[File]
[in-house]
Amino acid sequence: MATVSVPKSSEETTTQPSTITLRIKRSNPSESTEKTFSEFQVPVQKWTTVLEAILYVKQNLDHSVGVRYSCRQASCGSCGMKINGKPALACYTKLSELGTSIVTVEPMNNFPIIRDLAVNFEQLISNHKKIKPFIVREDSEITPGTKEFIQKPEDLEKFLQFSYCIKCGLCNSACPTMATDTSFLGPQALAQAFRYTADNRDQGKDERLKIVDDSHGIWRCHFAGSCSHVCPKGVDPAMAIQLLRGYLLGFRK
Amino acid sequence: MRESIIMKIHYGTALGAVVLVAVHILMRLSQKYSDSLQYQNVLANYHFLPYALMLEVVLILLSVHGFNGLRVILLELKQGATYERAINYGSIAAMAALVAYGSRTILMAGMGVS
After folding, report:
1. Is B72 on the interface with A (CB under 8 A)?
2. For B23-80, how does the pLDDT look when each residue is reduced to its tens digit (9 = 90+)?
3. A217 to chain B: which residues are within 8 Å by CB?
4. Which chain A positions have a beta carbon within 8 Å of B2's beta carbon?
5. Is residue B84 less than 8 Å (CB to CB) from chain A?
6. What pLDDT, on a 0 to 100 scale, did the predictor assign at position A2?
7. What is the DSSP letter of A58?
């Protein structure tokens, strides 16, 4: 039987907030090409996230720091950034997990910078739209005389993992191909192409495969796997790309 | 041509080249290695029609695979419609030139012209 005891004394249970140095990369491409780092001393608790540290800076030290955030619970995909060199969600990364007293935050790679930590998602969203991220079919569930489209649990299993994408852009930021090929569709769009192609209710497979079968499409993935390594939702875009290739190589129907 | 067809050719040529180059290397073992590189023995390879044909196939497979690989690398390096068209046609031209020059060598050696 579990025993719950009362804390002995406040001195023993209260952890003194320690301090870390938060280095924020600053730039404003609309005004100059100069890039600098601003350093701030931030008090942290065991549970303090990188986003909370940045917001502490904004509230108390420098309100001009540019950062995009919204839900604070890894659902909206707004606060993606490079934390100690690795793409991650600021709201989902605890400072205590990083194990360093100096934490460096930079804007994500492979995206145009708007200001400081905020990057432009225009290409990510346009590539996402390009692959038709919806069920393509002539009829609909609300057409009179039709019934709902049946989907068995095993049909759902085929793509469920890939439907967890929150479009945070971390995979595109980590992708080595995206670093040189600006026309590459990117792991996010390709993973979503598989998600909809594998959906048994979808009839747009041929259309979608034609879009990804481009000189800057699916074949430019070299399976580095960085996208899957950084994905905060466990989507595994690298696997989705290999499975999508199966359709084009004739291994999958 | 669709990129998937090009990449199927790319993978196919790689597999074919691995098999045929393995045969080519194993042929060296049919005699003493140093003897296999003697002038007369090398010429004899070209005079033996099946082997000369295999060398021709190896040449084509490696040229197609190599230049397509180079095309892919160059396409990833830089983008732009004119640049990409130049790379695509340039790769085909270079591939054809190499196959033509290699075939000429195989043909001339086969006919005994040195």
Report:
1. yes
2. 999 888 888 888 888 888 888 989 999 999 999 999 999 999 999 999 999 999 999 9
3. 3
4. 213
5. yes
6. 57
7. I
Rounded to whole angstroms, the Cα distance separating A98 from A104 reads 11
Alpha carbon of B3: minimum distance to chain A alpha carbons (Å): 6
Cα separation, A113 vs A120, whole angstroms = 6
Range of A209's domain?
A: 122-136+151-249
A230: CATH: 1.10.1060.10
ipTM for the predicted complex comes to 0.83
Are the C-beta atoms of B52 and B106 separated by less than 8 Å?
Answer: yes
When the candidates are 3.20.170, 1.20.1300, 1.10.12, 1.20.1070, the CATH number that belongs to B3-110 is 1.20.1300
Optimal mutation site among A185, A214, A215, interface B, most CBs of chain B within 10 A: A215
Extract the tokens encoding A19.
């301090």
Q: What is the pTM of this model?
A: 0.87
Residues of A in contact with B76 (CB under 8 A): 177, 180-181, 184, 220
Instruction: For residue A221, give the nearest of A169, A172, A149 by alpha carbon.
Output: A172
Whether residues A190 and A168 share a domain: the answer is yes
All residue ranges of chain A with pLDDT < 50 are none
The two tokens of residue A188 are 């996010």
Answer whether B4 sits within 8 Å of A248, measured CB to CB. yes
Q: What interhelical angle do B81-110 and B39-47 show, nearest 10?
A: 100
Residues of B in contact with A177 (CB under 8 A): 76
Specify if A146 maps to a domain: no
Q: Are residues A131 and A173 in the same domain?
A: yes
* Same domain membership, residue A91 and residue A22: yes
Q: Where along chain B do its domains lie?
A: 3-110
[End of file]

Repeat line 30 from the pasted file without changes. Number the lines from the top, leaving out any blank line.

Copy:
When the candidates are 3.20.170, 1.20.1300, 1.10.12, 1.20.1070, the CATH number that belongs to B3-110 is 1.20.1300